Latvia's Contribution to the International Peace Missions
On the threshold of membership in NATO, Latvia has become a "security donor", demonstrating through participation in international missions and initiatives its commitment to international peace, security and the common values of the Euro-Atlantic family. In its contribution to Alliance operations, Latvia is focussing on areas in which it can add value to NATO-s overall capabilities.
Latvia has participated in all NATO-led operations in the Balkans since 1996
Latvia has made a noteworthy contribution to stabilisation efforts in the Balkans, participating in all NATO-led peace operations in the region since IFOR in 1996: the SFOR mission in Bosnia, AFOR mission in Albania (during the Kosovo crisis), and the KFOR mission in Kosovo.
Latvia initially contributed an infantry platoon as part of the Swedish and Danish Battalions. From 1997-8, five Latvian platoons, consisting of 40 soldiers each, took part in the Multinational Stabilisation Forces (SFOR) mission as part of the Danish Battalion.
Since 1998, however, the Baltic Battalion (BALTBAT) has had its own contingent in Bosnia and Herzegovina: Latvian Company BALTSQN-6 was deployed in Bosnia and Herzegovina as part of this contingent in August 2002. In January 2003 it was transferred to Kosovo and replaced by an Estonian company in February 2003.
Eight members of the Latvian National Armed Forces Medical Liaison Team took part in operations in Albania as part of the Belgian contingent from April to July 1999.
An explosive ordnance disposal (EOD) team, as well as military police and medics have been deployed at several posts in Kosovo as part of Norwegian and British contingents. A new rotation of medical personnel replaced their colleagues on February 8, 2003. The Latvian EOD team has received high praise from the commanders of the contingent.
In January 1999, Latvia sent six observers to Kosovo as part of the Kosovo Verification Mission (KVM). Owing to the commencement of NATO air strikes, the mission had to conclude its work in the spring of that year.
A Latvian representative also took part in a border observation mission in FYROM until May 2002.
Latvia-s involvement in international missions continues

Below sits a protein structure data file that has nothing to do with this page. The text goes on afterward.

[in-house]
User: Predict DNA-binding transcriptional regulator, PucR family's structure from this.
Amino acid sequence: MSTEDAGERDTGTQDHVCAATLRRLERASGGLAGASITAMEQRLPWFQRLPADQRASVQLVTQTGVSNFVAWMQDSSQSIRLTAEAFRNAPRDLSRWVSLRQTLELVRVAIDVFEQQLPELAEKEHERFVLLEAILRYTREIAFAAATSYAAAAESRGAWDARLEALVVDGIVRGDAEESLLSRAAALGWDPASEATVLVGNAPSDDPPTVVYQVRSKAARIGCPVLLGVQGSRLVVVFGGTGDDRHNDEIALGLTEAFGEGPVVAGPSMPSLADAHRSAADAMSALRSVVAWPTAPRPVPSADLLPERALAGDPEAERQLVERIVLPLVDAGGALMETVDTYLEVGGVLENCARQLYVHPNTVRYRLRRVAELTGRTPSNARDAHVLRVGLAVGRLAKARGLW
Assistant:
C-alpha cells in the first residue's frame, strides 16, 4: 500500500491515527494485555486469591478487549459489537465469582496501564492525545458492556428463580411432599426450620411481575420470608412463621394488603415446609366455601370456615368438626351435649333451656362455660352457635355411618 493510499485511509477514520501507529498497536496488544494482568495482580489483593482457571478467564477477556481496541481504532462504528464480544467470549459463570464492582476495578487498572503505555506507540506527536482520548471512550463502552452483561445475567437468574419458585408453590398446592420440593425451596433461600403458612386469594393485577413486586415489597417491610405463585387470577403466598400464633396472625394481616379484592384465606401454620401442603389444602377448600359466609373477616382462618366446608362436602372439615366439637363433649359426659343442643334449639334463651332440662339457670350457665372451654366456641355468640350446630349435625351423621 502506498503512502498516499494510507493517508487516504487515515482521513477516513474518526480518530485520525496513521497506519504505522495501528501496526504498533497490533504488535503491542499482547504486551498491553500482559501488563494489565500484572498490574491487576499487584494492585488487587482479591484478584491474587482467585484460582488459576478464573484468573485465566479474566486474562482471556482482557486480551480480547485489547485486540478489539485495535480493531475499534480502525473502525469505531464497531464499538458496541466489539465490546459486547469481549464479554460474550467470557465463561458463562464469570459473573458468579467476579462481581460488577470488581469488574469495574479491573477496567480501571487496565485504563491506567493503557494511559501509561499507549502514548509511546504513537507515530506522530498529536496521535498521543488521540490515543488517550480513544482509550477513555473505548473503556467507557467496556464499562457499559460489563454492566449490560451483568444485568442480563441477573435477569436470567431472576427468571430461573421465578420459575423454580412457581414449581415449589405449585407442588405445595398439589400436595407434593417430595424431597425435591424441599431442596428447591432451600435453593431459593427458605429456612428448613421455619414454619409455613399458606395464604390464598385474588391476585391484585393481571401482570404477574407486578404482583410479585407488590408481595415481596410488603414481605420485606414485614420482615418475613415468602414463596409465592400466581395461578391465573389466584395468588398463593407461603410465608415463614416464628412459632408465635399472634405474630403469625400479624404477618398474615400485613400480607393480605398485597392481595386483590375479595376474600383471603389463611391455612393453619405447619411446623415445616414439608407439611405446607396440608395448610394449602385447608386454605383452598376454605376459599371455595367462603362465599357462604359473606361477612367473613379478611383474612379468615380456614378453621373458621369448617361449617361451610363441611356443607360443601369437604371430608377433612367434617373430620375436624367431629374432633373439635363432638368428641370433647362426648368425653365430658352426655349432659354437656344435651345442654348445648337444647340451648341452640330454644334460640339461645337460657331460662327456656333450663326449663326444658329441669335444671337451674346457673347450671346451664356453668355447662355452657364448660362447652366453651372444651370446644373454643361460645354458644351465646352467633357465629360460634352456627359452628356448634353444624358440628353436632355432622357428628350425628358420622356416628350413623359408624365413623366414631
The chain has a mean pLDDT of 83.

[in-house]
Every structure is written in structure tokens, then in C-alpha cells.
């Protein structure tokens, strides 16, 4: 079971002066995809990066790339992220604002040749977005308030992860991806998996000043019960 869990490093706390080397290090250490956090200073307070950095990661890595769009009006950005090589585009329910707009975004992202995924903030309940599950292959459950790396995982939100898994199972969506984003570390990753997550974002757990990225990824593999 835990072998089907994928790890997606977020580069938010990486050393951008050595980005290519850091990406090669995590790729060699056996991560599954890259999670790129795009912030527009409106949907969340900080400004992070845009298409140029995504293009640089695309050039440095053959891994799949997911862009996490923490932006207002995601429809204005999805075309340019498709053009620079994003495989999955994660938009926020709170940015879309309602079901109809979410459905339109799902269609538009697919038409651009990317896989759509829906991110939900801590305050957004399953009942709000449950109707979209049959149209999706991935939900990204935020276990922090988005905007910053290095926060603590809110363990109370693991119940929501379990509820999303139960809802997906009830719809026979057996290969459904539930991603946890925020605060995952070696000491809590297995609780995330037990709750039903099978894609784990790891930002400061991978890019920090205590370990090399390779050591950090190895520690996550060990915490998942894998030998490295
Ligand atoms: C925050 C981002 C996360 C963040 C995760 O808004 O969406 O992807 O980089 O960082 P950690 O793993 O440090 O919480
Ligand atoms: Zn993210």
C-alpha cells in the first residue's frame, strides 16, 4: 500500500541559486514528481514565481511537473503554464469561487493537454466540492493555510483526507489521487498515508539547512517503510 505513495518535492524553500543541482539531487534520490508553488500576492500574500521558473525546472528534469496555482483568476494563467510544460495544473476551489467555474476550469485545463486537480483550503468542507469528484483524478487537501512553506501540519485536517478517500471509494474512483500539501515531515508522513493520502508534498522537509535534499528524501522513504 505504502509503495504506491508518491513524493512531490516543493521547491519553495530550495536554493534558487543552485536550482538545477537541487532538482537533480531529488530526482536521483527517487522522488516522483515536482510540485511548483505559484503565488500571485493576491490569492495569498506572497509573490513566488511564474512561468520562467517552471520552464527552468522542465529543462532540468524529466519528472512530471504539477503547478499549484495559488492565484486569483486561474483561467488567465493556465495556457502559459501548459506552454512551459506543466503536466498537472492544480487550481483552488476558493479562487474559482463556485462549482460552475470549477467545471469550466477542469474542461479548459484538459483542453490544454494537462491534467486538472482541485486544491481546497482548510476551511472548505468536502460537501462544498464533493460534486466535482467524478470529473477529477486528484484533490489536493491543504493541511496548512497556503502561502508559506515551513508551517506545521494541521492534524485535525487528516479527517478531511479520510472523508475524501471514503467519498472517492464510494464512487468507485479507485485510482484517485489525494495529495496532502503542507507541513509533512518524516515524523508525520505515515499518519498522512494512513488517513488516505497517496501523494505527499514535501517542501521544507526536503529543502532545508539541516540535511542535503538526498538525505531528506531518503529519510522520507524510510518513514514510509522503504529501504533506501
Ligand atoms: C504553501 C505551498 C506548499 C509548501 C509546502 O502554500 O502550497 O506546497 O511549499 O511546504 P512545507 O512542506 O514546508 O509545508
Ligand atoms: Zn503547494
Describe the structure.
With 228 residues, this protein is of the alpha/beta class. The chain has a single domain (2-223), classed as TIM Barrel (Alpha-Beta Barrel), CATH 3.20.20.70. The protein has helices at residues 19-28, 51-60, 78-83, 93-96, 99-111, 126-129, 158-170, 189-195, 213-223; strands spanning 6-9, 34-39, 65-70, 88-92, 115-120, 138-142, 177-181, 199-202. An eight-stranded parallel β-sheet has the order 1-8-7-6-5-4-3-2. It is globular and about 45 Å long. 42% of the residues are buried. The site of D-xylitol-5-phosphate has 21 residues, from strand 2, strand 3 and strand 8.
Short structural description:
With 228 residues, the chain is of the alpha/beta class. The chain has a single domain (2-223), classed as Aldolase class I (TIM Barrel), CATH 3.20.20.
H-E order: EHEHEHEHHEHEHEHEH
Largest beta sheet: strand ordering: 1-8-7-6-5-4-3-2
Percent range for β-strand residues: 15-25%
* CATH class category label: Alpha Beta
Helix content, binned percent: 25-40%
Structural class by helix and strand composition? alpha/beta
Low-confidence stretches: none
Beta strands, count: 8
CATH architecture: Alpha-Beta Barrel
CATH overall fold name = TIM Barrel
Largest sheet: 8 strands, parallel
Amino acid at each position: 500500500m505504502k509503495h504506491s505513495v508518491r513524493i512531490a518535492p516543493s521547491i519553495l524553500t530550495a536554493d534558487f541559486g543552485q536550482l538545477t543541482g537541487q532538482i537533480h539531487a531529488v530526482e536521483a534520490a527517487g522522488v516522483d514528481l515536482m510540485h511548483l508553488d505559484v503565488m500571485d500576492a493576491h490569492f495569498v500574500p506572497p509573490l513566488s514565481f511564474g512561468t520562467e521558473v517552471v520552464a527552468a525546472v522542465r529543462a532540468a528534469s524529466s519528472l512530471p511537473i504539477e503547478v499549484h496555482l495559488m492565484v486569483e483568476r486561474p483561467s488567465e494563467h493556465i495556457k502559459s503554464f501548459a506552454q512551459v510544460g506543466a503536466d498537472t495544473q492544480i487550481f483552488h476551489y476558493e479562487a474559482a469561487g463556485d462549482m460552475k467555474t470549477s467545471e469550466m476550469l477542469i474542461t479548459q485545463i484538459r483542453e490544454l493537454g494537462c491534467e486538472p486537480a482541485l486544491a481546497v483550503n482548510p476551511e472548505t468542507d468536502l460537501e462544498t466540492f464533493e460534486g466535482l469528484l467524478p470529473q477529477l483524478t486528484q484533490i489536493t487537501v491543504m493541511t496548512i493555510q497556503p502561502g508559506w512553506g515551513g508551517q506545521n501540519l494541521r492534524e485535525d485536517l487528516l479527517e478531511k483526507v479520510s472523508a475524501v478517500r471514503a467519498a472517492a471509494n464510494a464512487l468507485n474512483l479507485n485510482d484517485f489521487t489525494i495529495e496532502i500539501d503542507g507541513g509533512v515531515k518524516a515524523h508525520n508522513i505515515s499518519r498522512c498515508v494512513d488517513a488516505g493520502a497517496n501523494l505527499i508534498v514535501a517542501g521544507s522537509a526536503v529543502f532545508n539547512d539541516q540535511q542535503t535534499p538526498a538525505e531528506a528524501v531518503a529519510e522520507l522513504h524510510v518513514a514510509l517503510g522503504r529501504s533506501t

Latvia continues to take part in the OSCE border observation mission in Georgia, as it has done since 2001.
Since February 2003, a unit of military medics has been serving in the International Stabilization Force (ISAF II) mission in Afghanistan as part of the Dutch contingent.
In 2003, Latvia sent troops to Iraq as a contribution to post-war stabilisation in that country. A logistics support platoon and an EOD unit arrived in the region in May. An infantry company of 105 soldiers and officers was deployed in the Polish sector in August.
Latvia is developing specialized capabilities to support international operations
Increasing Latvia-s defence capabilities involves enhancing Latvia-s capacity to participate in international operations. Latvia is working on the further development and special training of forces to effectively complement NATO-s collective capabilities, such as:
- an infantry battalion for peace operations
- specialized units of military medics
- explosive ordnance disposal (EOD) units
- military police.
A decision has been taken by the Ministry of Defence to develop capabilities to counter nuclear, biological and chemical (NBC) threats, carry out special operations, and train mine-clearing divers.
Latvia stands ready to participate in EU-led missions
Latvia is contributing to stabilization processes in the Balkans, as well as the further development of the civilian crisis management initiative under the European Security and Defence Policy. Four members of the State Police of Latvia are currently serving in the EU-led civilian Police Mission in Bosnia and Herzegovina, and Latvia's National Armed Forces have seconded two staff officers for the EU mission Concordia in Macedonia.
Latvia has also been involved in the WEU-led Multinational Advisory Police Element (MAPE) mission in Albania.